When David Mamet was at the peak of his playwriting powers in the 1980s, his rapid-fire, profanity-laced, testosterone-fueled dialogue was so distinctive that it became known as “Mamet speak.” For a decade, his plays exploring the male psyche earned him the reputation as America’s top playwright, with Glengarry Glen Ross winning a Pulitzer Prize. His success included film as well: His screenplay for The Verdict garnered an Academy Award nomination, and Mamet continued his exploration of men married to their work in the box-office smash The Untouchables.
Boston Marriage is different. Not only is the story set in the genteel 1890s, it explicitly mimics the style of the Victorian era’s own greatest playwright, Oscar Wilde. Penned in 1999, it’s a calculated departure from Mamet’s previous work, not only lacking his usual aggressive alpha males but devoid of males onstage entirely—though they’re certainly discussed as being depraved, good-for-nothing vermin. It’s a curious comedy, though an unsatisfying one, but this staging by 1812 Productions is strong.
The three-character play takes place in the urban residence belonging to Anna (played by a delightfully extravagant Suzanne O’Donnell). The well-appointed drawing room suggests that Anna is a lady of considerable means, but looks are misleading: Despite her luxurious surroundings and elegant gowns—costumer Alisa Sickora-Kleckner’s work here is a show unto itself—Anna’s wealth is not entirely her own. She confides to her close friend Claire (Grace Gonglewski), that she is the beneficiary of a “protector,” a wealthy man who, in exchange for Anna’s affection, has given her an emerald necklace the size of a golf ball. Surprised at her friend’s new dalliance, Claire, who has a new flame of her own, jealously inquires if the gentleman is aware of Anna’s “reputation.” It is our first hint that Claire and Anna are more than just friends.
What their relationship was, or is, isn’t made explicit—but then, everything in Marriage is discussed under a veil of decorum and deceit. Even the play’s title is a kind of code. A “Boston marriage” was a 19th-century term used to describe two single women living together; depending on its usage, it was also a euphemism for a lesbian commitment. That’s Victorian society at work, always insisting that etiquette trump clarity: If someone’s indiscretion absolutely had to be mentioned out loud, even between close acquaintances, it should never be explained directly but rather as obliquely as possible.
The necklace figures prominently in the plot, but the story never really grabs us. In fact, there’s very little action in Mamet’s experiment with drawing-room comedy. What there is, rather, is a lot of talking. Speaking in language so obscure it makes wartime codes seem obvious, Mamet seems fascinated with recreating the late-19th-century art of conversation. The dialogue is filled with long, winding, twisting sentences and loaded with innuendoes, implications, double entendres and a host of bygone words like “assignation” (a covert romantic rendezvous) and “reticule” (a small purse). Director Jennifer Childs refers to the play’s language as “verbal gymnastics.” It’s an apt description, but while the dialogue has a pleasantly musical quality as well as a feminine muscularity, it lacks the primal savagery that makes Mamet’s best plays so scintillating.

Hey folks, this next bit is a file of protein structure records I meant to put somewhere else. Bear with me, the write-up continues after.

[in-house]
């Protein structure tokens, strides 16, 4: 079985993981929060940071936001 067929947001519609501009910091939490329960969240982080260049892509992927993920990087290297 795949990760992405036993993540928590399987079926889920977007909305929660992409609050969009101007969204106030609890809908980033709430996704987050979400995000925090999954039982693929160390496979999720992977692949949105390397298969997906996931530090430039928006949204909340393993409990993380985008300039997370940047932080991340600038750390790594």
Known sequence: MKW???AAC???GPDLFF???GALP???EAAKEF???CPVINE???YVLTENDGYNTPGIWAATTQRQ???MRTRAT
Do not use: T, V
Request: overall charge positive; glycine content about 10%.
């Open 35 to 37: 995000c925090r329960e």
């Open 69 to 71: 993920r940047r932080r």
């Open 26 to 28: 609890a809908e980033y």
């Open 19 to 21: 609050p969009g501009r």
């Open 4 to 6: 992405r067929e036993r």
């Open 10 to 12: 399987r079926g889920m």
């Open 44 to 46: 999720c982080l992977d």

The more basic problem, however, is that the play gives these women of leisure very little to do ; Childs has to invent stage business to keep Anna and Claire from standing around like well-clad statues. With its emphasis on language and lack of movement, Marriage is reminiscent of a closet drama, a style of theater favored by the ancient Greeks in which a play is intended for recitation instead of production.
A playwright certainly doesn’t need men to make a great play. But this playwright, it seems, does. Mamet’s best works focus on men whose identity is inseparable from their occupation—and as Anna and Claire have no occupations for Mamet to work with, he struggles to give them a clear sense of identity. Only Anna’s servant, Catherine (Caroline Dooner), displays a firm sense of self.
Childs has a keen sense of comic timing, and both Gonglewski and O’Donnell give strong performances. In combination with Sickora-Kleckner’s colorful and bold costumes, Adam Riggar’s gorgeous set gives the production strong visual appeal. Yet despite the best efforts of director, designers and cast, Boston Marriage never succeeds in communicating anything meaningful. Instead of an important play about women’s passion and independence, what we’re left with is a pale imitation of the works of the great Oscar Wilde, that’s neither as clever nor humorous as the real deal.
Through May 20. $28-$36. Plays and Players Theater, 1714 Delancey St. 215.592.9560. 1812Productions.org
Gabriel García Márquez, 1927-2014
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